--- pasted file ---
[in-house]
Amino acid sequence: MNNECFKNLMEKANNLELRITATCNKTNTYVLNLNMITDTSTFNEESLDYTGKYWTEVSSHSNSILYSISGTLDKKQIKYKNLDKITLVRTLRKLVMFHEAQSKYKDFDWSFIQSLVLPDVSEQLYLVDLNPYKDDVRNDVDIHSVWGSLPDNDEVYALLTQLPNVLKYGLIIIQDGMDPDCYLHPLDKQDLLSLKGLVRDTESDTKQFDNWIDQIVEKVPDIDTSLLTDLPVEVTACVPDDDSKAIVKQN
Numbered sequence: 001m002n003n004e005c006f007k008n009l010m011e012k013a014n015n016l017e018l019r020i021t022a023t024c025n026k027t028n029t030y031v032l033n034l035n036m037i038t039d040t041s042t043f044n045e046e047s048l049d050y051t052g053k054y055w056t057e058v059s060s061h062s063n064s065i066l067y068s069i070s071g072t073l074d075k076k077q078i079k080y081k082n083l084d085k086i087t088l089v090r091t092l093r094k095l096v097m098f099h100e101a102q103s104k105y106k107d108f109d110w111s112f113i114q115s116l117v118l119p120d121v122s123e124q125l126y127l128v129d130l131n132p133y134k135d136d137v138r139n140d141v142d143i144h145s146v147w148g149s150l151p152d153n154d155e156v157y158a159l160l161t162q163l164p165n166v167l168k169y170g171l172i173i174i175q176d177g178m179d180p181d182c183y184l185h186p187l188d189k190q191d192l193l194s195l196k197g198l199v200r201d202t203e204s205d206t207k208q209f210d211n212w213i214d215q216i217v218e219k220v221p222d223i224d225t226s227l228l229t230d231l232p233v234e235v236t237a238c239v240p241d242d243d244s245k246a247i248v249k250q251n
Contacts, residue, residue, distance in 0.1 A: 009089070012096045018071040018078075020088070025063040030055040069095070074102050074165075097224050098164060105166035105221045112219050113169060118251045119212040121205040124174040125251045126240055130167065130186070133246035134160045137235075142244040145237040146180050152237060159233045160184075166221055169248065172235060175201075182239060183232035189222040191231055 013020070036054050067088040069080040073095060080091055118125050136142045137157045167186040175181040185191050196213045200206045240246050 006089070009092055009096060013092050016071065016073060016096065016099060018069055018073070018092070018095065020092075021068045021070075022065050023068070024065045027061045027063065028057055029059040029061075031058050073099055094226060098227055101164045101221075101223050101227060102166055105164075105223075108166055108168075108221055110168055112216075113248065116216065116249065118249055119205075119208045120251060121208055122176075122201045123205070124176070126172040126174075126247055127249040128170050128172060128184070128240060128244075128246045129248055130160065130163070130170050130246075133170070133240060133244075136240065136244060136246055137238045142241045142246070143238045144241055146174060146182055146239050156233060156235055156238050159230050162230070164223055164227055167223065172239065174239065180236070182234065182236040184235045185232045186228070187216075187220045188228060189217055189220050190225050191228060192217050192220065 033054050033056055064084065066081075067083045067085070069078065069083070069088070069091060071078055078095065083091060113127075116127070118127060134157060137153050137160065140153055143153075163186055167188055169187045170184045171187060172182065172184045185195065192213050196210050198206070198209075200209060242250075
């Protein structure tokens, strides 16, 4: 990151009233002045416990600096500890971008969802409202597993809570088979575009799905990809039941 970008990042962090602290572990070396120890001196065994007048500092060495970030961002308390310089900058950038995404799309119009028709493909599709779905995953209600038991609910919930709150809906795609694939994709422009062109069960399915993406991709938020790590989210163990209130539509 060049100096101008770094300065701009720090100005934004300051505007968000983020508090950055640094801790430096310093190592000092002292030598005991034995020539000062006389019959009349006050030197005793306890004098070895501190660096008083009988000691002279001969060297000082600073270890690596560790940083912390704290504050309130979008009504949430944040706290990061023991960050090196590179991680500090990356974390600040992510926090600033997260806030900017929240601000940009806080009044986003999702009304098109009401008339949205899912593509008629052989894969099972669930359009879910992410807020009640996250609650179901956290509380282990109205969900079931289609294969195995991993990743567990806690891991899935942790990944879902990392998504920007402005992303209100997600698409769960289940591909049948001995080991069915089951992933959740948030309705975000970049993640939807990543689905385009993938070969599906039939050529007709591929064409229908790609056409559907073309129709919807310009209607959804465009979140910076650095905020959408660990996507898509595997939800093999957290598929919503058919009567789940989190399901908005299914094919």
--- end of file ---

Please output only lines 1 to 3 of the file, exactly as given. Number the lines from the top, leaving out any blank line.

[in-house]
Amino acid sequence: MNNECFKNLMEKANNLELRITATCNKTNTYVLNLNMITDTSTFNEESLDYTGKYWTEVSSHSNSILYSISGTLDKKQIKYKNLDKITLVRTLRKLVMFHEAQSKYKDFDWSFIQSLVLPDVSEQLYLVDLNPYKDDVRNDVDIHSVWGSLPDNDEVYALLTQLPNVLKYGLIIIQDGMDPDCYLHPLDKQDLLSLKGLVRDTESDTKQFDNWIDQIVEKVPDIDTSLLTDLPVEVTACVPDDDSKAIVKQN
Numbered sequence: 001m002n003n004e005c006f007k008n009l010m011e012k013a014n015n016l017e018l019r020i021t022a023t024c025n026k027t028n029t030y031v032l033n034l035n036m037i038t039d040t041s042t043f044n045e046e047s048l049d050y051t052g053k054y055w056t057e058v059s060s061h062s063n064s065i066l067y068s069i070s071g072t073l074d075k076k077q078i079k080y081k082n083l084d085k086i087t088l089v090r091t092l093r094k095l096v097m098f099h100e101a102q103s104k105y106k107d108f109d110w111s112f113i114q115s116l117v118l119p120d121v122s123e124q125l126y127l128v129d130l131n132p133y134k135d136d137v138r139n140d141v142d143i144h145s146v147w148g149s150l151p152d153n154d155e156v157y158a159l160l161t162q163l164p165n166v167l168k169y170g171l172i173i174i175q176d177g178m179d180p181d182c183y184l185h186p187l188d189k190q191d192l193l194s195l196k197g198l199v200r201d202t203e204s205d206t207k208q209f210d211n212w213i214d215q216i217v218e219k220v221p222d223i224d225t226s227l228l229t230d231l232p233v234e235v236t237a238c239v240p241d242d243d244s245k246a247i248v249k250q251n